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  5. "Ble mae'r coed?"

"Ble mae'r coed?"

Translation:Where are the trees?

April 13, 2017

10 Comments


https://www.duolingo.com/profile/mizinamo

Does Welsh have a "plural of singulative" like (Revived) Cornish does?

There, you have e.g. gwydh "trees", gwedhen "a tree" and also gwedhennow "(individual) trees" -- the difference with the collective being, as I understand it, that the plural of the singulative emphasises the individual nature of the elements.

(It's clearer in things such as holanennow "grains of salt" versus holan "salt".)

Is there a coedennau or the like in Welsh as well for when I view the trees individually rather than collectively?


https://www.duolingo.com/profile/EllisVaughan

We do not, we only have "Coed" and "Coeden".


https://www.duolingo.com/profile/ibisc

There are some traces of that in some words, perhaps. For example:

  • gronyn - a grain or particle
  • gronynnau - grains, particles (usually as several or many individual items)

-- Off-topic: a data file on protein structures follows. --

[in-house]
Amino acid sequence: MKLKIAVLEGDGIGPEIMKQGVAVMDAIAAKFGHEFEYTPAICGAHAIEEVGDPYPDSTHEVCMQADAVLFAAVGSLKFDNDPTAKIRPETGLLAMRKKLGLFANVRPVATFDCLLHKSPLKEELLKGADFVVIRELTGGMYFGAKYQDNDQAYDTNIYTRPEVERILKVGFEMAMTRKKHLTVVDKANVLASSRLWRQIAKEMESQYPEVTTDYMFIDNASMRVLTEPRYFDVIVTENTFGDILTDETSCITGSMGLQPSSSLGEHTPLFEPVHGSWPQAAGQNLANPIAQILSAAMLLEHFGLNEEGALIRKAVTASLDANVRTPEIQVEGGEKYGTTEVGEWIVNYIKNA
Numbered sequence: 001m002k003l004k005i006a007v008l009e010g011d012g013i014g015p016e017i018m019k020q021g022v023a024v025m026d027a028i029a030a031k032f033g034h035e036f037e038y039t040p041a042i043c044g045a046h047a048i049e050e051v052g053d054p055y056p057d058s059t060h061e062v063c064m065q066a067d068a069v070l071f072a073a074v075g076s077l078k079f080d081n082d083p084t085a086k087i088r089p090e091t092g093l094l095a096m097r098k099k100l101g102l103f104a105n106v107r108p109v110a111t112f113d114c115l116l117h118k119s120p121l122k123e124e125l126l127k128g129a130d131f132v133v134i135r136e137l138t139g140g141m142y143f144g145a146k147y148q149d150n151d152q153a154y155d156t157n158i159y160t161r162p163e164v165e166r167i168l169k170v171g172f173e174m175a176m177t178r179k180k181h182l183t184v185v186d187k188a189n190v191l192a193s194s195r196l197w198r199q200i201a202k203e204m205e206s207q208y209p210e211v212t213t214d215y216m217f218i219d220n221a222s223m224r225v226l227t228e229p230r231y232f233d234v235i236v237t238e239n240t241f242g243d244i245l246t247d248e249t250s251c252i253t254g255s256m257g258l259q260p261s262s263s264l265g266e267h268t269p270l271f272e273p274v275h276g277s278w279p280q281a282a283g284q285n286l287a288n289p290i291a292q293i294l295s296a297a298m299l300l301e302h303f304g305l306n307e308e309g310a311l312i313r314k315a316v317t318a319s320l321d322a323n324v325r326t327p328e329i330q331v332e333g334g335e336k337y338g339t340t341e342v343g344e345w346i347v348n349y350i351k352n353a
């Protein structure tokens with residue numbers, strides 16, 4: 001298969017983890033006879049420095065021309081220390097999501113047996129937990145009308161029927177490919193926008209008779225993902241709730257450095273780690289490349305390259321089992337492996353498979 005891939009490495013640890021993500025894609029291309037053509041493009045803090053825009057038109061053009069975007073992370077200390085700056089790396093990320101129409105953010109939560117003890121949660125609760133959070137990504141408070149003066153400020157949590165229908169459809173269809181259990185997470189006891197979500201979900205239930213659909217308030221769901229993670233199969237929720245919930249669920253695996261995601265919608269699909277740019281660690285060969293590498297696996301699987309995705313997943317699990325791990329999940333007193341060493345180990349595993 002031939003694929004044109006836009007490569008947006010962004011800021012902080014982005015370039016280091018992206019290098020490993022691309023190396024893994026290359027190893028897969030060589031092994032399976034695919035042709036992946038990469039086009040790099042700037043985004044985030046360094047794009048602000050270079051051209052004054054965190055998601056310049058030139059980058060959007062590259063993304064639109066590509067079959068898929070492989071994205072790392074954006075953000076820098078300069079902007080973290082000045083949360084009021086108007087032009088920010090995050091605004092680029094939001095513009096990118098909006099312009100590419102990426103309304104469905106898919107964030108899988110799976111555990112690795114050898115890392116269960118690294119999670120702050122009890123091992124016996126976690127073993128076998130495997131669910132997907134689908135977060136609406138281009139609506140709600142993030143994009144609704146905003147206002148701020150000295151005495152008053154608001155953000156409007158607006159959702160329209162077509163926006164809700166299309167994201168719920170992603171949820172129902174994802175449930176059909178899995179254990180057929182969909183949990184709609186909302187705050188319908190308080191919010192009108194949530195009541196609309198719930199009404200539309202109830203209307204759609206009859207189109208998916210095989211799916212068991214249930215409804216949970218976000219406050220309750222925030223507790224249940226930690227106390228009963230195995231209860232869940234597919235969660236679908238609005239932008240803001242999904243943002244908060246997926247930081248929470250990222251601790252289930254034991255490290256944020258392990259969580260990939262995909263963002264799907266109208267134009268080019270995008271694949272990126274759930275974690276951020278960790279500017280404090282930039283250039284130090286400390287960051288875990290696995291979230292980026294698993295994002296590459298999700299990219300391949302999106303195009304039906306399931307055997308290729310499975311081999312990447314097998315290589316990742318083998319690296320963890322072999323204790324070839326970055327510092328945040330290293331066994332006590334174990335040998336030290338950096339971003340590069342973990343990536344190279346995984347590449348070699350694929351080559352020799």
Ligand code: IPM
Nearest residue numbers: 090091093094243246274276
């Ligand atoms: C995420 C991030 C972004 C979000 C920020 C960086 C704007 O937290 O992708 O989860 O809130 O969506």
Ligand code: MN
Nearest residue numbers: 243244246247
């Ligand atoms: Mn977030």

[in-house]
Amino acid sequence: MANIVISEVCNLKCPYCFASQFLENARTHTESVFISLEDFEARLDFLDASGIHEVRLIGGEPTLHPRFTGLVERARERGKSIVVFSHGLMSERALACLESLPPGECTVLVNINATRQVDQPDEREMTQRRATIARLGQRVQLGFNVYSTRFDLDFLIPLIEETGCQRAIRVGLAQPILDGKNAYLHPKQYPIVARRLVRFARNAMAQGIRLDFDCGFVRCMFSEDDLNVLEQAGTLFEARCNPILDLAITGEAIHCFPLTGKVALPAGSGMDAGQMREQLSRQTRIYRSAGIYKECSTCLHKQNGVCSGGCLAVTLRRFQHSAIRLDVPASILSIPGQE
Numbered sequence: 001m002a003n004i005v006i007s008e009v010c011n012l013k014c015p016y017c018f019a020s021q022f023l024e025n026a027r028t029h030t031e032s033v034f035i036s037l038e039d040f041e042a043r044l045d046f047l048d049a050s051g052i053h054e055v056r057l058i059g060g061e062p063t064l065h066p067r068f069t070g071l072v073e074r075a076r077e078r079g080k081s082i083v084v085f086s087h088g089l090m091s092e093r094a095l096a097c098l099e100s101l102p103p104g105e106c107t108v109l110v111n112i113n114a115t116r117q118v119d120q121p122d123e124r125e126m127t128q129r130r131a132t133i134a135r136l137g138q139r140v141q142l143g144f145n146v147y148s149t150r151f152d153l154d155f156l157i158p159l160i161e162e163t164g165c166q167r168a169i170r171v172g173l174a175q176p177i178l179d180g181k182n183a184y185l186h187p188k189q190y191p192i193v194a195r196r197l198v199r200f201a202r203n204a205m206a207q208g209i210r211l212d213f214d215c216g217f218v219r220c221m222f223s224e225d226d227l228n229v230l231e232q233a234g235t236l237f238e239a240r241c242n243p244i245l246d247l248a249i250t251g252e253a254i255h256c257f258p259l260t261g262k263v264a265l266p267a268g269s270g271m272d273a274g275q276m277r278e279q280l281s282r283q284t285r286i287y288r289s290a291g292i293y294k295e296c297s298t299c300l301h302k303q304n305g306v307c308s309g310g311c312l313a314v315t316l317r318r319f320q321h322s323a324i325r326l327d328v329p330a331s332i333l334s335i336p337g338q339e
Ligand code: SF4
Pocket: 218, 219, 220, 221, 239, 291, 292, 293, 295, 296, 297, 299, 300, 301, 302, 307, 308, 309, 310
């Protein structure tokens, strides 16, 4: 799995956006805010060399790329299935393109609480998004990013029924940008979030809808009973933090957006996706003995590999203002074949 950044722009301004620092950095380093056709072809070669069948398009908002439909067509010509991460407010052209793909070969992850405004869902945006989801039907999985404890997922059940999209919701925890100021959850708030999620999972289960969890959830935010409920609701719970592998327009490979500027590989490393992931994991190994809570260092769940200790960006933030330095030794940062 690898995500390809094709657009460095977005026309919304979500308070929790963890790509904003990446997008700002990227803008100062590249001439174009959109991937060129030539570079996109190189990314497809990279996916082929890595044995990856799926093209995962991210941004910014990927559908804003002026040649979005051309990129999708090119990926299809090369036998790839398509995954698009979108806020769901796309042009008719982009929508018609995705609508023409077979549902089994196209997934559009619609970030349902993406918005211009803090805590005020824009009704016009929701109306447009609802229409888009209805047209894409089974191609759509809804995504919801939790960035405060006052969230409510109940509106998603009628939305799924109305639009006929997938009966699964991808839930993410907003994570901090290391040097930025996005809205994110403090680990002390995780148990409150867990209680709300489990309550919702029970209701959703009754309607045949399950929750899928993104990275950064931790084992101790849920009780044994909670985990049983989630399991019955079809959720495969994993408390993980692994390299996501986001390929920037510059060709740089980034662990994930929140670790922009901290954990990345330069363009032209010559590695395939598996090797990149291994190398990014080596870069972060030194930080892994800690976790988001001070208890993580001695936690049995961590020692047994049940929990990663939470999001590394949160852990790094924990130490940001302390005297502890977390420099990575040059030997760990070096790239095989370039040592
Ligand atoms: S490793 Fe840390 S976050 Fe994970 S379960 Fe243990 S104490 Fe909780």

• grawn - grain or particles (as in a collection or handful, etc, of grain)

You would probably harvest or sow grawn, but empty a few gronynnau out of your boots afterwards.


https://www.duolingo.com/profile/JohnGrunewald

wood and tree? Same? How do you distinguish?


https://www.duolingo.com/profile/EllisVaughan

"Coed" is "Trees" and "Pren" is "Wood".


https://www.duolingo.com/profile/mizinamo

I think John was thinking of the "forest" meaning of "wood".

Gweiadur says that coed can mean "coedwig, fforest fach: trees, wood".


https://www.duolingo.com/profile/ibisc

As EllisV said, coed means 'a wood' as well as being the plural 'trees' (singular coeden (b)). 'Wood' as in timber for making something from is usually pren.

Dictionaries such as Ap Geiriadur with very simple definitions do not make that kind of distinction very clear.


https://www.duolingo.com/profile/JohnGrunewald

thank you both, though I think I will just have to accept the ambiguity English is often ambiguous as well no big surprise!

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